There is also an old link between Airyaman the “noble ascent of godhood/ahûrá in mankind,” and Mithra “friendship with the Immortals,” for both symbolize “hospitality and reciprocity” between Gods and the “noble god-men.”
It has been hypothesized that airyaman’s name is to be recognized in the Germanic irmin, *ermina- or *ermana. Old High German Irmin-got, is a god called to witness in the Hildebrandslied and appears as a name of ODIN.
A number of compounds in various languages such as in Gothic Ermanaric, Old English eormencyn ‘mighty race’, eormenþeod ‘mighty people seem also to be related to airyaman.
Aryaman/Airyaman has long been equated with the Irish Éremón. No doubt the Irish Éremón originally must have had divine status but, like the rest of the pagan pantheon, was euhemerized in Christian times.
Éremón is recognized as the legendary first king of the sons of Míl, the Goidelic Celts, that is the first Indo-Europeans in Ireland. He was the God-king who drove the Tuatha Dé Danann, the people who stand for the old gods in Irish mythology, underground.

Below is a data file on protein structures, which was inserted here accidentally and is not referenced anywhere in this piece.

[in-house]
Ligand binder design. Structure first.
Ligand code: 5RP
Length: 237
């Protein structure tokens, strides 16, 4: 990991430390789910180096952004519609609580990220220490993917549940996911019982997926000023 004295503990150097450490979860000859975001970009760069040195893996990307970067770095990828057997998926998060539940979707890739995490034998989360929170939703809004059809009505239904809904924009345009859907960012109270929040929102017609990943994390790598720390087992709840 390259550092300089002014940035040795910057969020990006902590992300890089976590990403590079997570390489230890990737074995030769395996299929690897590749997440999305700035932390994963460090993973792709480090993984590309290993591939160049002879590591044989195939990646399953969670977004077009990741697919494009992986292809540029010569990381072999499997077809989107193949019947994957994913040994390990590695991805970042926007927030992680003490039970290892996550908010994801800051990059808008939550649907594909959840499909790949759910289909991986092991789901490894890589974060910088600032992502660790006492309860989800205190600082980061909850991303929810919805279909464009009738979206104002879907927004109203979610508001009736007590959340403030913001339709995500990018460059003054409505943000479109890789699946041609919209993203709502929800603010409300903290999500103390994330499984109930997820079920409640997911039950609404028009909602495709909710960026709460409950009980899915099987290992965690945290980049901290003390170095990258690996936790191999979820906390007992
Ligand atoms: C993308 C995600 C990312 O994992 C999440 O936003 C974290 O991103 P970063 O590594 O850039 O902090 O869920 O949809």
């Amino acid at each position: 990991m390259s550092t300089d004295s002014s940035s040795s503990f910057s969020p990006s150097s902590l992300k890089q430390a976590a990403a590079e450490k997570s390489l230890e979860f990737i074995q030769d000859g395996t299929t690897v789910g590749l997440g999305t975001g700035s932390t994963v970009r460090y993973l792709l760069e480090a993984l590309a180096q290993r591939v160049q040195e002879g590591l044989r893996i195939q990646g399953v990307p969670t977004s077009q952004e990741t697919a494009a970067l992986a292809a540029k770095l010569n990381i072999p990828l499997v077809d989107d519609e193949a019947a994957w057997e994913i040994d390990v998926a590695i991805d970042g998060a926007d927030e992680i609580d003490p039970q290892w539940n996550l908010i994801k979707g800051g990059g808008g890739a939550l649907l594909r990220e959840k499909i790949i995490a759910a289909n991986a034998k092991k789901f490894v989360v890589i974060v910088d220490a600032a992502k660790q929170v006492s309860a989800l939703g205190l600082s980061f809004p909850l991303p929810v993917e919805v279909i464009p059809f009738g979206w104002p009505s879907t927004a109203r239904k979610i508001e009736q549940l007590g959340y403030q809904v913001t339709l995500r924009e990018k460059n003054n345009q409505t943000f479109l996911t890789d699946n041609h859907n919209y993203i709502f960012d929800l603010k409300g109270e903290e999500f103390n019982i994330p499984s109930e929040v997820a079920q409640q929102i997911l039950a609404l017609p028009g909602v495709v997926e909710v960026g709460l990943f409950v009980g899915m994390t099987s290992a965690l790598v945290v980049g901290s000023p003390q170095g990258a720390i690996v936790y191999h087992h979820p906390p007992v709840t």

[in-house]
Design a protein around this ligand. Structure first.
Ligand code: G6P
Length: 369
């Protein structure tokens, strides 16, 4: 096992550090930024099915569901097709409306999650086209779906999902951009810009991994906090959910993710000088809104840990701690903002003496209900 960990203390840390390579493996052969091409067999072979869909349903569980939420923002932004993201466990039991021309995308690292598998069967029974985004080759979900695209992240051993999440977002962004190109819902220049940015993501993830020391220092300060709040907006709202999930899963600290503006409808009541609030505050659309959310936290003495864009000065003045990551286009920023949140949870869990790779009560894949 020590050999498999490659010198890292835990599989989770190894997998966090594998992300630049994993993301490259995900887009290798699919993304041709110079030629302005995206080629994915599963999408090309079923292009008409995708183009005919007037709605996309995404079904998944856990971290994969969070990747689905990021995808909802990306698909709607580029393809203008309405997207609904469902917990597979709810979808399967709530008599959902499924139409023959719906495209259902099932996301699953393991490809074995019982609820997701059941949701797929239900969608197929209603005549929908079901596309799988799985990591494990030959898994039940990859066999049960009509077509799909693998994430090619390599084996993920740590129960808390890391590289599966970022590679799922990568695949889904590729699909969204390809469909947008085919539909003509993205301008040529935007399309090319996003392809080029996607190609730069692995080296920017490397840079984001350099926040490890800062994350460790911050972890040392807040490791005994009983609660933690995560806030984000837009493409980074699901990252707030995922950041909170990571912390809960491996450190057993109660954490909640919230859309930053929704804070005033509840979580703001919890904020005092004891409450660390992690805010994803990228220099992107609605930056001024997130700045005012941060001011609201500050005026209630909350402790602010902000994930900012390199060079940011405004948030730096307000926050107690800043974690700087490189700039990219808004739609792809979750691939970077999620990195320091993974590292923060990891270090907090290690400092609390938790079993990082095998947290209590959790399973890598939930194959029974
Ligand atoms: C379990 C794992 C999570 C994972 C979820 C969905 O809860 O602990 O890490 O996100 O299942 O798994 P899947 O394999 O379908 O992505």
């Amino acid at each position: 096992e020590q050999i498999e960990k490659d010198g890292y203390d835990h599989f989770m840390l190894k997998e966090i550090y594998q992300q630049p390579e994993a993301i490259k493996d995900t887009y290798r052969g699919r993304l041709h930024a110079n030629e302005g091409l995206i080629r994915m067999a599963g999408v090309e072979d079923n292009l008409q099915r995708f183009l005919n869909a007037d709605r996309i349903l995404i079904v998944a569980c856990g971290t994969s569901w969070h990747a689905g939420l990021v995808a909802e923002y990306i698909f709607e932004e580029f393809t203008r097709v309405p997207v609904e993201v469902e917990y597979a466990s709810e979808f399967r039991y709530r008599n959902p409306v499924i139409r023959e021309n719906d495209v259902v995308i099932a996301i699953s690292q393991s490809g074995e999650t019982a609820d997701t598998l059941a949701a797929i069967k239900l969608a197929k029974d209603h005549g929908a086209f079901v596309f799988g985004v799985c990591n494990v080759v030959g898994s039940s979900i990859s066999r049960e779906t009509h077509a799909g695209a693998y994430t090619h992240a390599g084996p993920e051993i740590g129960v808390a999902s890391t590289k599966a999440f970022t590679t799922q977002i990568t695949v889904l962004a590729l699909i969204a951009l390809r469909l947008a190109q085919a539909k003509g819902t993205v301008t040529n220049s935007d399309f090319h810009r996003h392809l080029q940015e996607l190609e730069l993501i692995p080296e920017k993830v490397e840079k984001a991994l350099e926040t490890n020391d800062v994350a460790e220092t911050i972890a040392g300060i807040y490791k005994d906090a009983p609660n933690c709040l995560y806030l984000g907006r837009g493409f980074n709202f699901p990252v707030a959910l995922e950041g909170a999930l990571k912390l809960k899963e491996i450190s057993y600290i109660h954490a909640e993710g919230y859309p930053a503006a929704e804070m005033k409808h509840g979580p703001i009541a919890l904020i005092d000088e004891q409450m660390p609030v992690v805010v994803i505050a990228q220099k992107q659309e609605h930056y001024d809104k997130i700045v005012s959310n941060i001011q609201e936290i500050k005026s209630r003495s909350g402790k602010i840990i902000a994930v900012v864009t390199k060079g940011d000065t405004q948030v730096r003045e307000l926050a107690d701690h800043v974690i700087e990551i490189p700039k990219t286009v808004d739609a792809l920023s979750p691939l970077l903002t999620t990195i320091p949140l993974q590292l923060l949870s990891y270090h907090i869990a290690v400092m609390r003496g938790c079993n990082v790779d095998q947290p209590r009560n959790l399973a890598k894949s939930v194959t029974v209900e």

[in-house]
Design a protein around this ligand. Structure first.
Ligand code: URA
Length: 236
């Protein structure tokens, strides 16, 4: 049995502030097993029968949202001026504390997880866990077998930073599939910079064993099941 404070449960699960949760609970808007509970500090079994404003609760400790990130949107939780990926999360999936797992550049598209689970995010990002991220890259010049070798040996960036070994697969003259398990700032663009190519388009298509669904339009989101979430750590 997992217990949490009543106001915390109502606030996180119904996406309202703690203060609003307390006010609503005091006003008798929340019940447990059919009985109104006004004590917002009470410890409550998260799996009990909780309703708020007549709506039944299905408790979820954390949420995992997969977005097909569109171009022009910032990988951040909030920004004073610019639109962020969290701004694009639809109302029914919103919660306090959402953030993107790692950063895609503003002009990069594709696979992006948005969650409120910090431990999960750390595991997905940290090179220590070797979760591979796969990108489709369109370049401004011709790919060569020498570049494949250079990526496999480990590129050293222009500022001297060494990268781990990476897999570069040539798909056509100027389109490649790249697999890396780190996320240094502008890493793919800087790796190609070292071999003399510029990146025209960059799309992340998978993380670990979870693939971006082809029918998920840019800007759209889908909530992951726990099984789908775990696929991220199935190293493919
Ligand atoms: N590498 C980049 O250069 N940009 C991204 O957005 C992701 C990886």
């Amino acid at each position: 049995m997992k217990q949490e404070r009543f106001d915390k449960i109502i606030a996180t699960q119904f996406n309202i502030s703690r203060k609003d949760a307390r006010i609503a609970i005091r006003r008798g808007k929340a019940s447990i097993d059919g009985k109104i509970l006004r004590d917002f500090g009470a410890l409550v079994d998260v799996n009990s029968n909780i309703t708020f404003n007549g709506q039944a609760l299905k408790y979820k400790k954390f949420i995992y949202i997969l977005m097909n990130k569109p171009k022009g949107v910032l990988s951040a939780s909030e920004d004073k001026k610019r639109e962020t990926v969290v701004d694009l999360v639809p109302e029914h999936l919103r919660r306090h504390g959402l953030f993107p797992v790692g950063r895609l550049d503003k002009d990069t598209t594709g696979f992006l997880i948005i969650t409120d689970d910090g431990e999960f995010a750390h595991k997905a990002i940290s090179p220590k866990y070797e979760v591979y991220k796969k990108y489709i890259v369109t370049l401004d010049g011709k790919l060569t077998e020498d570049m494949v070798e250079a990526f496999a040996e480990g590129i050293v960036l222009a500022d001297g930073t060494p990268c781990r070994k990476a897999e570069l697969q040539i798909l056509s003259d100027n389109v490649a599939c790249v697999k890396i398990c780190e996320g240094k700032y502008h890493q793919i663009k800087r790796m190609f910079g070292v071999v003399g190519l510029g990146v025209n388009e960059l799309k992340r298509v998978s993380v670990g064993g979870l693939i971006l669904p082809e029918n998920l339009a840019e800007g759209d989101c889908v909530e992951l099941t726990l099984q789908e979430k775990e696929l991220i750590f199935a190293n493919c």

Most interestingly, in the gathic váršt.mánßar commentary of airyaman it is sated: that the afflicted/evil spirit who is of “sick vision” duš.daænö, with all his diabolical creatures and abominable demons, will be buried in the earth and their bodily form (kehrpö) will be completely shattered, through the power of Airyaman formula.
There are also a number of references in the Avesta announcing that after the radiant revelation of Zarathustra, the demons and diabolic forces were driven underground, shattered and buried beneath the earth.
In the legend of Éremón there is a trace of an old connection with marriage, survived in the story that Éremón provided wives to the Cruithnig (Picts).
In the poetic gathas and ancient Zoroastrianism, airyaman formula is the blessing for the Zoroastrian wedding ceremony, when guests are entertained in “honor, kinship and hospitality.” Airyaman has been used in the Zoroastrian marriage ritual as a most powerful charm from the start as evidenced by the ancient gatha songs.